An accountancy practice’s current clients are not a good barometer of change. It is new client acquisition which will drop off a cliff if you ignore the trend towards a more full-service offering.

Take me through a five-year timeline for the relationship between the accountant or finance professional and the CFO. What’s that role going to look like?

Well, I’ve already said that over time, finance professionals are going to need less numerical and financial awareness, thanks to technology. But let’s narrow that down: the next evolution of tech will be AI, so smart finance professionals will focus on the skills that AI won’t be able to do. AI is not going to be able to build trust. It’s not going to be into collaborative problem solving and constructive questioning.

CFOs will be looking for more emotional intelligence and critical thinking skills. Finance professionals exercising judgment for their clients, providing hand-holding, care and support and people who can sense-check the computer-generated output rather than replicating it, are all going to thrive. AI is not going to be able to do any of that.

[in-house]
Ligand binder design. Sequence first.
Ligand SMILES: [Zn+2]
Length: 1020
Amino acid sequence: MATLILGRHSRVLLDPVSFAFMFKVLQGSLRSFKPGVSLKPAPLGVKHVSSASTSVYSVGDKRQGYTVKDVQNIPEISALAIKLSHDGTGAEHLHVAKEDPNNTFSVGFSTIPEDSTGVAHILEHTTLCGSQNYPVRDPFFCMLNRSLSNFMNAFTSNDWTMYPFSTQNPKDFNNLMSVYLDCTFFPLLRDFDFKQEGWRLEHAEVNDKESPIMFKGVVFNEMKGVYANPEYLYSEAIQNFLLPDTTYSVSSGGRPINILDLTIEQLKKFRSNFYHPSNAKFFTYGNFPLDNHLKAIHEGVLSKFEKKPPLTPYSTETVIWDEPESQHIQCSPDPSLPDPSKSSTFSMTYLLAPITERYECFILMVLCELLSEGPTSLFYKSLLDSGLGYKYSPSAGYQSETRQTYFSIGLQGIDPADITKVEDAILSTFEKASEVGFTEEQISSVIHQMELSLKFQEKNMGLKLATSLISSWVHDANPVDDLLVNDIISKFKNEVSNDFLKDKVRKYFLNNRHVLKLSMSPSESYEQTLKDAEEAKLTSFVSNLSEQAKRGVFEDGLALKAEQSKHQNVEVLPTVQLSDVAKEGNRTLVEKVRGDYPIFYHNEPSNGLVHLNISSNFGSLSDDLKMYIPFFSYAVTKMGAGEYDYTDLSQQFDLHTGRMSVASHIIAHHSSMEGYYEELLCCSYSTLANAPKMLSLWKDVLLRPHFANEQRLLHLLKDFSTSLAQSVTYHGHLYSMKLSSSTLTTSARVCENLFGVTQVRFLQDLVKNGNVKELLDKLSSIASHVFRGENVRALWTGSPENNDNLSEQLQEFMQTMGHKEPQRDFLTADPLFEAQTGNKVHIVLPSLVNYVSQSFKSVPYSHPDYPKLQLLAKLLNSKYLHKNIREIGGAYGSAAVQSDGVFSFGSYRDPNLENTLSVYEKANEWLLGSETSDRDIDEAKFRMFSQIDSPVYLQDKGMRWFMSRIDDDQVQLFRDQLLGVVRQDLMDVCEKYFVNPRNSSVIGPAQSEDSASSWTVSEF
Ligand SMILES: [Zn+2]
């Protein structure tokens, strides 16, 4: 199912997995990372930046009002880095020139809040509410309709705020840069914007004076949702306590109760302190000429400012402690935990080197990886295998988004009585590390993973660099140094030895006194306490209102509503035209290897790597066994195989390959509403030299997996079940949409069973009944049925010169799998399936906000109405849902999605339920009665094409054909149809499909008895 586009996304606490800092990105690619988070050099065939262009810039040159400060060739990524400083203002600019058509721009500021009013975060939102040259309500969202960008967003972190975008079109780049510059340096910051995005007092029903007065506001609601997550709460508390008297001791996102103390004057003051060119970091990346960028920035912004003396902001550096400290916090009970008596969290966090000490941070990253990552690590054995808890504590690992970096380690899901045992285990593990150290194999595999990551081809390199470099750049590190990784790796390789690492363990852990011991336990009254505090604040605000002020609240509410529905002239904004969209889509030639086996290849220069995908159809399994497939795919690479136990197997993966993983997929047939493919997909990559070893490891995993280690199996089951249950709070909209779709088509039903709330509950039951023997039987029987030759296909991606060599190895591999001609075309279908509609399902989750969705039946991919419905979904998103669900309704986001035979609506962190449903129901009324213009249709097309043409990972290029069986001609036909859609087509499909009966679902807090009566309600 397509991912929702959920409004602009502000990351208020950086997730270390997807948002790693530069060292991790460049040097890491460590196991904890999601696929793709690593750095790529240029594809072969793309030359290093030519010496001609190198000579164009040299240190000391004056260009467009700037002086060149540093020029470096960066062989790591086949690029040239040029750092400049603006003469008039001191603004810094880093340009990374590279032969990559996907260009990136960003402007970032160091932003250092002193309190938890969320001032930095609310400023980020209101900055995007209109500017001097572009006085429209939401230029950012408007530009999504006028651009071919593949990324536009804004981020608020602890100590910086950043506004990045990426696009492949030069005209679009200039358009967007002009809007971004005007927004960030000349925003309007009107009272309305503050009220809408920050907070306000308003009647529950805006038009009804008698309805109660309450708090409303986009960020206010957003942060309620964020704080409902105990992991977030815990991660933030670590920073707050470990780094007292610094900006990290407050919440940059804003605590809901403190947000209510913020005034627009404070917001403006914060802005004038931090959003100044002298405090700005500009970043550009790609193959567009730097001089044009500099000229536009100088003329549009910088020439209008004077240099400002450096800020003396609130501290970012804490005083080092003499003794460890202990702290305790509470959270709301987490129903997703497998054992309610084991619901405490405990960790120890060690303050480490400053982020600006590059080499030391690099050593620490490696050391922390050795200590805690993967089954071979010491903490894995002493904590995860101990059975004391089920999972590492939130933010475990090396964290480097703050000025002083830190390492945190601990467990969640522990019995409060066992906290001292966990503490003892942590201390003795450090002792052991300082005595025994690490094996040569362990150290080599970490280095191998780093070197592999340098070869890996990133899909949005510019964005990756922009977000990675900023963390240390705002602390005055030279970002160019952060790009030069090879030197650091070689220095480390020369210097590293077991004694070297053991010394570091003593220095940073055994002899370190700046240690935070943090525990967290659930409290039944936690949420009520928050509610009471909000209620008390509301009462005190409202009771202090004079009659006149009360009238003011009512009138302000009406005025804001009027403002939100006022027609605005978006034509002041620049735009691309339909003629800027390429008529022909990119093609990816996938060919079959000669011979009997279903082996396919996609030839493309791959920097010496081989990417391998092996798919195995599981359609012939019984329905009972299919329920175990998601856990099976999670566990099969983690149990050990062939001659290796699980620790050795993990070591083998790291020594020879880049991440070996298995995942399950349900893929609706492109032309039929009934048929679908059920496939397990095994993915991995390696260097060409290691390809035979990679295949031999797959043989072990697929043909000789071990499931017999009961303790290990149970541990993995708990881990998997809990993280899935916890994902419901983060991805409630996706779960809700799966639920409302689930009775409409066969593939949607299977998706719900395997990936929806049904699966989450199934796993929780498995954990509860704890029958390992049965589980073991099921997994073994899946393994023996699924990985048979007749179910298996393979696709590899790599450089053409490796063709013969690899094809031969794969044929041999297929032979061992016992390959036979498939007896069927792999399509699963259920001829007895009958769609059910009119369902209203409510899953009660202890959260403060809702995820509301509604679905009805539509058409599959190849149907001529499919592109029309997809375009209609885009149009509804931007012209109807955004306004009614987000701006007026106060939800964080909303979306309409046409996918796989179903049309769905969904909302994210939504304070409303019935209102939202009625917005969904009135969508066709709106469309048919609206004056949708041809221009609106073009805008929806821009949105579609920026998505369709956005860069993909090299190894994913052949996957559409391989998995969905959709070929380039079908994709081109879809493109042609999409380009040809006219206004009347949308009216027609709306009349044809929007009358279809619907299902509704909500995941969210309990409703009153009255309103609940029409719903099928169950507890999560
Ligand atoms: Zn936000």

It’s always dangerous to stray into HR territory, but change is now constant. Organisational structures will be flatter. The propensity to move within and beyond an organization means that talent is now more mobile than ever before. The visible strategic horizon may be six months instead of three years (and in this respect, the CFO will increasingly be the guardian of risk management). Accountancy practices need to recognise the journey that CFOs are on to deal with this changing environment, and to understand where they expect to be in five years’ time. Both the CFO and their accountant must become more futurist than historian.

This interview is part of a series by Soldo, the prepaid company card solution that makes your expense accounting simple. You can read more interviews from Soldo’s interview series here.